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Here's the sun's declination for a 10 year period (roughly 2000-2010):

sd = Table[AstronomicalData["Sun", {"Declination", DateList[t]}],
 {t, 3155716800, 3155716800+86400*365.2425*10, 86400}];

As expected, it follows a sinusoidal pattern:

ListPlot[sd, PlotRange->All]

enter image description here

When I take fast Fourier transform, however, the max amplitude is:

Max[Abs[Fourier[sd]]] // InputForm
InputForm= 0``-3.9244986797945733

(this also prints out as 0. * 10^4 (with the 4 superscripted))

The min amplitude is 0``-2.324244273207087 or 0. * 10^3, so I strongly suspect a loss of precision somewhere, but I'm not seeing where or how.

I've read through similar questions on this site, but I believe none of those cases apply to my situation.

Any thoughts?

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    $\begingroup$ The input is comprised of low precision "bignums", with precision around 6 digits. It appears to be a precision loss, and my guess is Fourier is not using fixed precision arithmetic (I do not know if that is good or bad). You might try converting to machine doubles: In[61]:= Max[Abs[Fourier[N[sd[[All, 1]]]]]] // InputForm Out[61]//InputForm= 703.066438973999 $\endgroup$ Commented Jan 13, 2016 at 19:31
  • $\begingroup$ @DanielLichtblau Thanks. I ended up using Rationalize[sd,0], but I'm still not happy about why this happened. This should be well within $MachinePrecision, shouldn't it? $\endgroup$
    – user1722
    Commented Jan 13, 2016 at 20:49
  • 1
    $\begingroup$ Apparently not. Some experimentation indicates that the FT loses around 3.5 digits in precision, likely from standard significance arithmetic during the computation. The input has very low precision (some values have only 3 or so digits), hence the catastrophic loss. $\endgroup$ Commented Jan 13, 2016 at 21:54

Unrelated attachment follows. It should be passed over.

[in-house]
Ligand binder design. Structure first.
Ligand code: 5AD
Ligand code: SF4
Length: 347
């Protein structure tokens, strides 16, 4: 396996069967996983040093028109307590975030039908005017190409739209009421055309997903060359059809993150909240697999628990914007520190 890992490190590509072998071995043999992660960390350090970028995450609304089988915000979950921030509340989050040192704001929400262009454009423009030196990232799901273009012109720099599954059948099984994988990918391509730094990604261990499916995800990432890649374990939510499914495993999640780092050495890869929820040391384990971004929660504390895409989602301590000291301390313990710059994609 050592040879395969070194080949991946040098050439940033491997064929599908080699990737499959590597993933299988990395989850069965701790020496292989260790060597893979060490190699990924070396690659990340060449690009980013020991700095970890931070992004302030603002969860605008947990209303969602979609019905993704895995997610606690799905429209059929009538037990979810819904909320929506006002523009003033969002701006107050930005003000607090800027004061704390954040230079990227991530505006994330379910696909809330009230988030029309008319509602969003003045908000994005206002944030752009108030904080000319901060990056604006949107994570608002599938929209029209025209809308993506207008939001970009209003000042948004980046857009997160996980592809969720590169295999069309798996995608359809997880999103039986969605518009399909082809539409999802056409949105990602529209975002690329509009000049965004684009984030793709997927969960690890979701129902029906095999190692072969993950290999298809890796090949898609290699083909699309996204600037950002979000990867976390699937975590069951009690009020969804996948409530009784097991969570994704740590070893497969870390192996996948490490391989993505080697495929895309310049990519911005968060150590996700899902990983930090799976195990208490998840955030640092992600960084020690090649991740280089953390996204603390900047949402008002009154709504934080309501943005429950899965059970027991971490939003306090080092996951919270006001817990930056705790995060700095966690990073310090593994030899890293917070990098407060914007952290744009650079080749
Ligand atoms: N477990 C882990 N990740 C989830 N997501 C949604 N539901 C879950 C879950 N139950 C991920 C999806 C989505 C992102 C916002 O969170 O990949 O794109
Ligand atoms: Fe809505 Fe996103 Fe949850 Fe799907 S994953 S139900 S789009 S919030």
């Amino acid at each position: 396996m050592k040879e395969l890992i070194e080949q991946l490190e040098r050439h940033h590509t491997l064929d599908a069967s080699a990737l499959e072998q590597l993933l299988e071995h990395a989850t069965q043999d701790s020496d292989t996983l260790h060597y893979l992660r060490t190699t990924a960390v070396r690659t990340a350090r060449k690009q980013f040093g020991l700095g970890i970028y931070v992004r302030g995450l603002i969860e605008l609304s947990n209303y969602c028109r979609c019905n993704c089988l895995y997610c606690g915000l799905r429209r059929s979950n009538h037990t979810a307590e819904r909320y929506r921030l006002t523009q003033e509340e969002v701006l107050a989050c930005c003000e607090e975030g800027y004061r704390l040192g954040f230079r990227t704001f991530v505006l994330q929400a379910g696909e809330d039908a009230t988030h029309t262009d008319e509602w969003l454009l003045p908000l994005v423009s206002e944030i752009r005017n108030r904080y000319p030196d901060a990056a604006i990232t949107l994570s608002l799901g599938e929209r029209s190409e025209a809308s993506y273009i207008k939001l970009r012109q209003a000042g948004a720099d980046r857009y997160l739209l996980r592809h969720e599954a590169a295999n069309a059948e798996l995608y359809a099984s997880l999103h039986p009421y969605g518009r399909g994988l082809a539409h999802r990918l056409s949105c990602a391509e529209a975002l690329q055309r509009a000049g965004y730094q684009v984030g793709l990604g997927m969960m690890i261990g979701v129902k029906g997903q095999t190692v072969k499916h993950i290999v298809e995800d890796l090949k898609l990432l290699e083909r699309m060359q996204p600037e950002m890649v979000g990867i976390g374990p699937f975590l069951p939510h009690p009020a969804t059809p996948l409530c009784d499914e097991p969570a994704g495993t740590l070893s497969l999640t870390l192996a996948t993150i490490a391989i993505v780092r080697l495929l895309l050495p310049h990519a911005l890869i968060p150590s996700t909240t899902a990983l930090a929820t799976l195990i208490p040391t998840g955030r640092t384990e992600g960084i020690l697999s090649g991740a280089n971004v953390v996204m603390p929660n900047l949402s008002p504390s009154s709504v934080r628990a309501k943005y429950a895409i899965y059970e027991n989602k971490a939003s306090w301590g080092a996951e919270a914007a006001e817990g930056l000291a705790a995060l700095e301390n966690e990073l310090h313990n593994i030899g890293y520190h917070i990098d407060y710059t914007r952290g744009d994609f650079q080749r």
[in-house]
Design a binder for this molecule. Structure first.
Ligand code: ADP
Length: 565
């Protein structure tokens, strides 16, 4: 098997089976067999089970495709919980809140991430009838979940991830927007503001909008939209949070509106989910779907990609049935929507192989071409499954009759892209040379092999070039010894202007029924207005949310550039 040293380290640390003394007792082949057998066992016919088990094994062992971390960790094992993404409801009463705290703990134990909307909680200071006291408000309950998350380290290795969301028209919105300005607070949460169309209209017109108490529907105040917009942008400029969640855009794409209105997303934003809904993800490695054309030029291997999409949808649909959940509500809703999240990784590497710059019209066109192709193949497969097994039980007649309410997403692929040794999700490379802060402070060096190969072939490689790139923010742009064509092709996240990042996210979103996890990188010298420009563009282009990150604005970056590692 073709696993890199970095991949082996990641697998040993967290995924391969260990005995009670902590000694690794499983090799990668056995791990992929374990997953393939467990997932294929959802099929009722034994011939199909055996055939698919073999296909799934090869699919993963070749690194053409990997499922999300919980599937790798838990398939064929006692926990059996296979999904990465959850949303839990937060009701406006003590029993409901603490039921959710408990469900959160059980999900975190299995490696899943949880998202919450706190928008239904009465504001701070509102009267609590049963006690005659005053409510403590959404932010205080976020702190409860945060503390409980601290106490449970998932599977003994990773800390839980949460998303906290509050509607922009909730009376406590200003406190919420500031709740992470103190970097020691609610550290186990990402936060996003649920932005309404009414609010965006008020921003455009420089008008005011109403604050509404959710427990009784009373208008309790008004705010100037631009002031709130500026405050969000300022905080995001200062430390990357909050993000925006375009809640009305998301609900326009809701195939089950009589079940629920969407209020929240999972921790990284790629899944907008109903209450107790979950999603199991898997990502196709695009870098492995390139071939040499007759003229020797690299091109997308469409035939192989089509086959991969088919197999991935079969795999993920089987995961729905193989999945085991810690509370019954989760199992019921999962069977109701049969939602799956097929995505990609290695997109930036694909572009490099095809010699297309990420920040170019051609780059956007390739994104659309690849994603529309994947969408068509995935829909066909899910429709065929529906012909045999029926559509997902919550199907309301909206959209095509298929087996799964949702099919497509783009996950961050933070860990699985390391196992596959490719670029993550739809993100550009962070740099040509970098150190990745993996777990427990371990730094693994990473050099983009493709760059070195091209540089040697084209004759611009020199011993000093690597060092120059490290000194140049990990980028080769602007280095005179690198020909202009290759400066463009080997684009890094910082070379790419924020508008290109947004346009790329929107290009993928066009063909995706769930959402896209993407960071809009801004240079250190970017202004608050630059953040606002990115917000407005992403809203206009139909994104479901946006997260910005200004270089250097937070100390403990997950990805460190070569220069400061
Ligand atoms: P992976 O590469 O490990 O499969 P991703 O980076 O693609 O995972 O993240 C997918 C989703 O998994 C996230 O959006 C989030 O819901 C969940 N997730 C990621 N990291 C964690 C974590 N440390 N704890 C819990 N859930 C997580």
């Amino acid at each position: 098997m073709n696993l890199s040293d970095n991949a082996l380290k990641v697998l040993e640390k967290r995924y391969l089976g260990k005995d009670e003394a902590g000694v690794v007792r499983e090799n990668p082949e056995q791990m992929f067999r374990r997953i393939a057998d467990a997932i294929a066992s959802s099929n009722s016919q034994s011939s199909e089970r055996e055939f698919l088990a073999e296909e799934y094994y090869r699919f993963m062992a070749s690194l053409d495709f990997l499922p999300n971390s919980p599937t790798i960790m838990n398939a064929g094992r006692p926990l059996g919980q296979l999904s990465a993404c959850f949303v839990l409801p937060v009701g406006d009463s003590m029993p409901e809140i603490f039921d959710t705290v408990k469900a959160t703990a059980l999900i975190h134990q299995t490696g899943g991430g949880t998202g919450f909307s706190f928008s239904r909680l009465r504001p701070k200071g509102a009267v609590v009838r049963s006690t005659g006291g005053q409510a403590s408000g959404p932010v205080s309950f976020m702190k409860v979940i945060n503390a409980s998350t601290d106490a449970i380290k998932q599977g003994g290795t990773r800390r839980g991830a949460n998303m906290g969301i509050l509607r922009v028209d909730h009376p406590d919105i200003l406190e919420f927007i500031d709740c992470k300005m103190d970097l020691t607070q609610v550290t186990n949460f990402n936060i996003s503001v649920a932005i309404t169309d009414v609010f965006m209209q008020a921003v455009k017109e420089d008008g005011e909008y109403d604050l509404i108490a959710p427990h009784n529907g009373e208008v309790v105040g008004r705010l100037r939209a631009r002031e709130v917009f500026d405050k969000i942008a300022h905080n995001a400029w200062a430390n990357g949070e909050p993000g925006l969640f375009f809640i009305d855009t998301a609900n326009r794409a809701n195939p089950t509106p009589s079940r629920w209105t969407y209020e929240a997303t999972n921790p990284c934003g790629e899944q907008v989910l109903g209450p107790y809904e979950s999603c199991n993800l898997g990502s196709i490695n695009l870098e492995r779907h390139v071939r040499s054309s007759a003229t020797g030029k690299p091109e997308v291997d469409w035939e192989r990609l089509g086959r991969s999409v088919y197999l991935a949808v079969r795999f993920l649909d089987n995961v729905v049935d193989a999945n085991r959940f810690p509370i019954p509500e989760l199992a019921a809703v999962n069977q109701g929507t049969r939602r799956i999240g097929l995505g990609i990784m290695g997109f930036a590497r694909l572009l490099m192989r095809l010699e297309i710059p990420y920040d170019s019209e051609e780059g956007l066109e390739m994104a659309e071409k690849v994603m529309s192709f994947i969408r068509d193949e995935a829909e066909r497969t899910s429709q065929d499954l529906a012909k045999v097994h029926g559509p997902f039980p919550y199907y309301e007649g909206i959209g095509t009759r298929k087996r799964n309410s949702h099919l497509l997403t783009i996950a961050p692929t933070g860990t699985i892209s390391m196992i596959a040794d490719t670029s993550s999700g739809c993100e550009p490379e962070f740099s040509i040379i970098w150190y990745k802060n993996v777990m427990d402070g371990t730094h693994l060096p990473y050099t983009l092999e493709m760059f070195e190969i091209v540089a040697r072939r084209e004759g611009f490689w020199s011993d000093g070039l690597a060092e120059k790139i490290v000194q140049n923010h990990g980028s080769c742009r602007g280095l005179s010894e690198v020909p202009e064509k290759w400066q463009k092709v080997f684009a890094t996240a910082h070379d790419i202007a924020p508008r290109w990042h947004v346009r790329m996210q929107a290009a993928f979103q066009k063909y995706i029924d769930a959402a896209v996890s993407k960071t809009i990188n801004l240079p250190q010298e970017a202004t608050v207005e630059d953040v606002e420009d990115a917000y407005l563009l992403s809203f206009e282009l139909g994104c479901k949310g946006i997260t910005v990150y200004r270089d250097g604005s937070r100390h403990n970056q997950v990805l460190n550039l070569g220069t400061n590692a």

• $\begingroup$ @DanielLichtblau Write that up as an answer and I'll approve it. $\endgroup$
    – user1722
    Commented Jan 15, 2016 at 16:56
  • $\begingroup$ I posted a response, eventually realizing as I wrote it that I had once addressed this in past (see end note). So this might actually end up getting closed as a duplicate. $\endgroup$ Commented Jan 15, 2016 at 17:29

1 Answer 1

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We'll do this at a few different precisions. First we show the result from the original input and also from machine doubles created from that input.

sd = Table[
   AstronomicalData["Sun", {"Declination", DateList[t]}], {t, 
    3155716800, 3155716800 + 86400*365.2425*10, 86400}];
sdvals = sd[[All, 1]];
Max[Abs[Fourier[sdvals]]]
Max[Abs[Fourier[N[sdvals]]]]

(* Out[266]= 0.*10^3

Out[267]= 703.066438974 *)

The result based directly on the input is showing full cancellation, that is, no significant digits (notice it has the right accuracy, that is, three orders of magnitude). We can understand what is happening by gauging "precision loss" during the course of operations. The initial precision is indicated below.

Precision[sdvals]

(* Out[271]= 3.31426802501 *)

We bump to 12 digits precision for input, and see a result with but two digits correct, so the loss is 10 digits.

ft12 = Fourier[SetPrecision[sdvals, 12]];
Max[Abs[ft12]]
Precision[ft12]

(* Out[277]= 703.06644

Out[278]= 2.15175705976 *)

(I had claimed 3.5 digits loss in a comment. That was only correct for the max value, others lost more.)

To understand the precision loss, well, it turns out this is really a duplicate. I provide some explanation in a response here.

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